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Digital Camera History TARGA boards

Digital Camera History TARGA boards - what's a TARGA board you may ask?

On the previous digital camera history page Norman Breslow went through some of the difficulties facing the pioneers of digital photograhy.

Here the story continues with more detail on the technology available to the early digital photographer (especially TARGA boards), and some eye-watering price tags . . .

Digital Photography Before Digital Cameras by Norman Breslow Part One - continued (page 1 here) Disclaimer

The appropriate software was TIPS, which stood for Truevision Image Processing Software, and was sold by AT&T GSL and later by Truevision. This software, in addition to allowing video grabbing, also was a rudimentary image editing program.
It was possible to lighten and darken the image, to rotate the image 90 degrees, to make some adjustments to the colors that made up the image, to merge two images, etc. A different version of TIPS was needed for the different TARGA boards.

Digital Camera History TARGA boards - some eye-watering prices
The version for the TARGA-M8 cost $995, for the TARGA-16 $1,250, and for the TARGA-24 $1,250. Hefty prices for a program which could best be described as anemic by today's standards, although these prices did decline over the years.

Although anemic, some of the effects allowed the digital photographer to do things that were impossible or impracticable to do in wet photography.

For example, it was possible to distort a selected section of an image, and to change colors in one area but leave the colors unchanged in other areas, or move portions of an image to a different position.

But other features which are standard today, such as a sharpening filter, were not available in TIPS. Additionally, the graphics board, the software, and the IBM or Macintosh computers, were painfully slow. As an example, it took about 20 minutes to rotate a video grabbed image 90 degrees.

Digital Camera History TARGA boards - file size
For a variety of reasons, including the very limited amount of RAM (memory) available to manipulate the image, and the impracticality of getting an image out of a computer, the TARGA file format had a resolution of only 72 dots per inch. The maximum size of the file created by video grabbing with the TARGA-16 was 512 pixels wide by 482 pixels high, which was less than half a megabyte image file. Your cell phone camera probably has an image made up by a lot more pixels.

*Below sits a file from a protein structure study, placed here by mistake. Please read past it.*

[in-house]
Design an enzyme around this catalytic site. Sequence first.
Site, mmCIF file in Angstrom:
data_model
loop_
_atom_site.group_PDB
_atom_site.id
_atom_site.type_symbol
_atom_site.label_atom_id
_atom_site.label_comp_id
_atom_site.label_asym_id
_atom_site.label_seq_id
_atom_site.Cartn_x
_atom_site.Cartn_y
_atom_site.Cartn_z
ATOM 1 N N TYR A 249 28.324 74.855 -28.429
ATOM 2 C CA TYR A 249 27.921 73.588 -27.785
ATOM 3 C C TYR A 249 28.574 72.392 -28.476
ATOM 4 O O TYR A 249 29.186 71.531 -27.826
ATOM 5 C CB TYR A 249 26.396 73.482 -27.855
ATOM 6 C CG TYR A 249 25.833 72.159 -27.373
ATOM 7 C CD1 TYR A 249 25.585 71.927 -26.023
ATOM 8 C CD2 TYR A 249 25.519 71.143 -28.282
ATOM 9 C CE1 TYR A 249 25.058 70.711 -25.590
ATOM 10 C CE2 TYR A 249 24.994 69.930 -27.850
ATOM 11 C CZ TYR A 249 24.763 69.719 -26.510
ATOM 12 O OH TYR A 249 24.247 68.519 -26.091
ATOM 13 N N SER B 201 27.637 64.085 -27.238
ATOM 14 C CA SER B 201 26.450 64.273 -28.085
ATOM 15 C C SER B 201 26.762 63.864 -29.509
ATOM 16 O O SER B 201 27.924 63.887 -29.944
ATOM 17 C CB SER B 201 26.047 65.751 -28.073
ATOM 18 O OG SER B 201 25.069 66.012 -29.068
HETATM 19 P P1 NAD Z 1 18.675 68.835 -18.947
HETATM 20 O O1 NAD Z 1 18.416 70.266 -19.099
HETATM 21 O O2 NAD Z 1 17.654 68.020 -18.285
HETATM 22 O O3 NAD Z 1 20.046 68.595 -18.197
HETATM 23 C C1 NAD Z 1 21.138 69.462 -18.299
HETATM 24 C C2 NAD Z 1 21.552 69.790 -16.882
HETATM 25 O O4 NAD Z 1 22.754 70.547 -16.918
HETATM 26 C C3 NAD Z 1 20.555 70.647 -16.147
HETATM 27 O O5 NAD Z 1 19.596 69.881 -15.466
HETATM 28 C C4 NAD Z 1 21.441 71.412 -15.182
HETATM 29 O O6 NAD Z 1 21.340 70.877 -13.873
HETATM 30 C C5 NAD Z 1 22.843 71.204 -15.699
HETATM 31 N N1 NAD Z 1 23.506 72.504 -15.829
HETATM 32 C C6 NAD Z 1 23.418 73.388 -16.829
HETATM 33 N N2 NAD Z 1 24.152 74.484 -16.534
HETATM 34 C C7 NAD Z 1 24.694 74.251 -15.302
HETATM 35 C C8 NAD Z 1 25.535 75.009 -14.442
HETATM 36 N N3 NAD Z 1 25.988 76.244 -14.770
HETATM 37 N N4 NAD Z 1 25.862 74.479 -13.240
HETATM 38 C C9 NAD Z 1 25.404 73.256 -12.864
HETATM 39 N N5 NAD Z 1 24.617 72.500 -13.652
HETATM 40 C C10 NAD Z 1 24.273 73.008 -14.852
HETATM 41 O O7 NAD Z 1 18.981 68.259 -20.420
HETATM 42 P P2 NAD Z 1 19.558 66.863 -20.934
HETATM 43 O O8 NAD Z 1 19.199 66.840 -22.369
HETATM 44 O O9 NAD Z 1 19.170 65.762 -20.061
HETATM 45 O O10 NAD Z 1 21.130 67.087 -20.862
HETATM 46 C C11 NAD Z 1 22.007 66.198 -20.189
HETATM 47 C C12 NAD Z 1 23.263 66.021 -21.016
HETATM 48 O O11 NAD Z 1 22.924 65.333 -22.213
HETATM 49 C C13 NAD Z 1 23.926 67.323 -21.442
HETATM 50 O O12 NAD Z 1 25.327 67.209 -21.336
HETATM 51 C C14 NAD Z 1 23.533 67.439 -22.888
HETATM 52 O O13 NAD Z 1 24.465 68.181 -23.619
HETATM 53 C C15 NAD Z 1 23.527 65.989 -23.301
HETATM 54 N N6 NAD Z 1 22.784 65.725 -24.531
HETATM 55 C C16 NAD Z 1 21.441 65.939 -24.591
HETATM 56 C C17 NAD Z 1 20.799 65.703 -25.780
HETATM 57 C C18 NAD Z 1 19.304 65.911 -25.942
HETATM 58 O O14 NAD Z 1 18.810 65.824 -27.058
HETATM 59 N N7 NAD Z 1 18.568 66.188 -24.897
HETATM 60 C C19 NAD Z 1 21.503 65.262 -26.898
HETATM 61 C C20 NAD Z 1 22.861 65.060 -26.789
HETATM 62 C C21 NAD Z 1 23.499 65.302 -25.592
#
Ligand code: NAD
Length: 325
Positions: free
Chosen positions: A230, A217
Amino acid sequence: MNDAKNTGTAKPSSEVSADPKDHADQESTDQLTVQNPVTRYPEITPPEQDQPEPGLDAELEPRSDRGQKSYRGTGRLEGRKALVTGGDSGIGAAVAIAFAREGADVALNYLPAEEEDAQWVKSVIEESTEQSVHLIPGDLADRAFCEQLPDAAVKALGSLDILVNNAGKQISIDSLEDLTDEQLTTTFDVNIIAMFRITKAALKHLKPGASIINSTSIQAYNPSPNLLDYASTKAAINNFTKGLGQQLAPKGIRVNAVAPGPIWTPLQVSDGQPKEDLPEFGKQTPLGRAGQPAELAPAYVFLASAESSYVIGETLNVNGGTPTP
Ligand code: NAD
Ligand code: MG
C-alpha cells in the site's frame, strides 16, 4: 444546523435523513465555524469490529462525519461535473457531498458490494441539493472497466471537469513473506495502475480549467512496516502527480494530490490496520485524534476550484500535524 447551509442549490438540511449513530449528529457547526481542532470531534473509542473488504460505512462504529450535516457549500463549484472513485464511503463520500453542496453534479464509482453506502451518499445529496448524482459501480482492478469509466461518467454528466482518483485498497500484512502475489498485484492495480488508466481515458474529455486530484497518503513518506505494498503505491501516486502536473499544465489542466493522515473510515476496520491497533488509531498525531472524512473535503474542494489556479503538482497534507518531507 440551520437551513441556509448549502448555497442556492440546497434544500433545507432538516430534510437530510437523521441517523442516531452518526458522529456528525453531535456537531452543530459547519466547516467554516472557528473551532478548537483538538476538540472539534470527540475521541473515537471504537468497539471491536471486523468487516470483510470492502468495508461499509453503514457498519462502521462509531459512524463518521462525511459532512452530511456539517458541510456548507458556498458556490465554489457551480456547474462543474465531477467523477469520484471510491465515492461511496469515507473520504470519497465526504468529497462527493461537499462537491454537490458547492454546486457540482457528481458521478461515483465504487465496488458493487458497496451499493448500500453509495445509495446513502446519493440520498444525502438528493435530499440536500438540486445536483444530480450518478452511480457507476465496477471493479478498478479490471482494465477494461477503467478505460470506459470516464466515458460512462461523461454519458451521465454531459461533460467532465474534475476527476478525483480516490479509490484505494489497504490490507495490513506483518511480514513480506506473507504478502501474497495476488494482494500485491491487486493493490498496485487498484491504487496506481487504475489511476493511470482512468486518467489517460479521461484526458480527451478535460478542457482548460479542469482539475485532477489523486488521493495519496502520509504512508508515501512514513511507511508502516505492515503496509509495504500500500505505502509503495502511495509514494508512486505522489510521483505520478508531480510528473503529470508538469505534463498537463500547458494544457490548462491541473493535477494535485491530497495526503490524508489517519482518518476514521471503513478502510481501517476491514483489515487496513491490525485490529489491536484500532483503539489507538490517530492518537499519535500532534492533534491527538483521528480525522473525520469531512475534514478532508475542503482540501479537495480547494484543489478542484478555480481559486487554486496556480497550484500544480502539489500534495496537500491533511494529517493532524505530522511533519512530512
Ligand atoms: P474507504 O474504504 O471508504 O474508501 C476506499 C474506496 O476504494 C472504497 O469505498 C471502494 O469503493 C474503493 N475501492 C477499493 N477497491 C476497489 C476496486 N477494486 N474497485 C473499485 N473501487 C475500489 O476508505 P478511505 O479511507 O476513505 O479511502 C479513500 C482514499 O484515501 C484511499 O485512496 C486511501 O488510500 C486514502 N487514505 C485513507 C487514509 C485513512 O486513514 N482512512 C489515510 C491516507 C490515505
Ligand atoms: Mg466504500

Another reason the TARGA-16 was the graphics board of choice (besides the color video grabbing ability and the high number of simultaneously useable colors) was that it "only" cost $2,995 (in 1988 dollars), compared to the $3,995 for the TARGA-24.

Most photographers realized that the additional colors of the TARGA-24 would be better for making photographic looking images, but if there was no practical way to get those colors into the computer, then the additional colors were less than useless.

At this point we had a video display board capable of displaying 32,768 colors, and software capable of digitizing a video image and capable of making rudimentary adjustments and changes to the digitized image. Consider the TARGA-16 graphics board and TIPS software and a color video tape camera as the first practical digital photography outfit.

All of the TARGA boards displayed a rapidly flickering image on the standard computer monitors sold for non-digital photography purposes. The image flickered so fast that it was not viewable. The solution to this problem was to buy one of the few monitors which used long persistence phosphors, which eliminated the flickering problem.

However, these monitors were costly, about $1,200 if memory serves me correctly, and were not useful for other computer tasks, such as word processing. Scrolling a screen full of text with a long persistence phosphor monitor caused the image to "ghost" for a while- the previous screen view and the new screen view looked like a double exposure. Very annoying. So two separate monitors were needed, one for digital photography, and one for more routine computer tasks.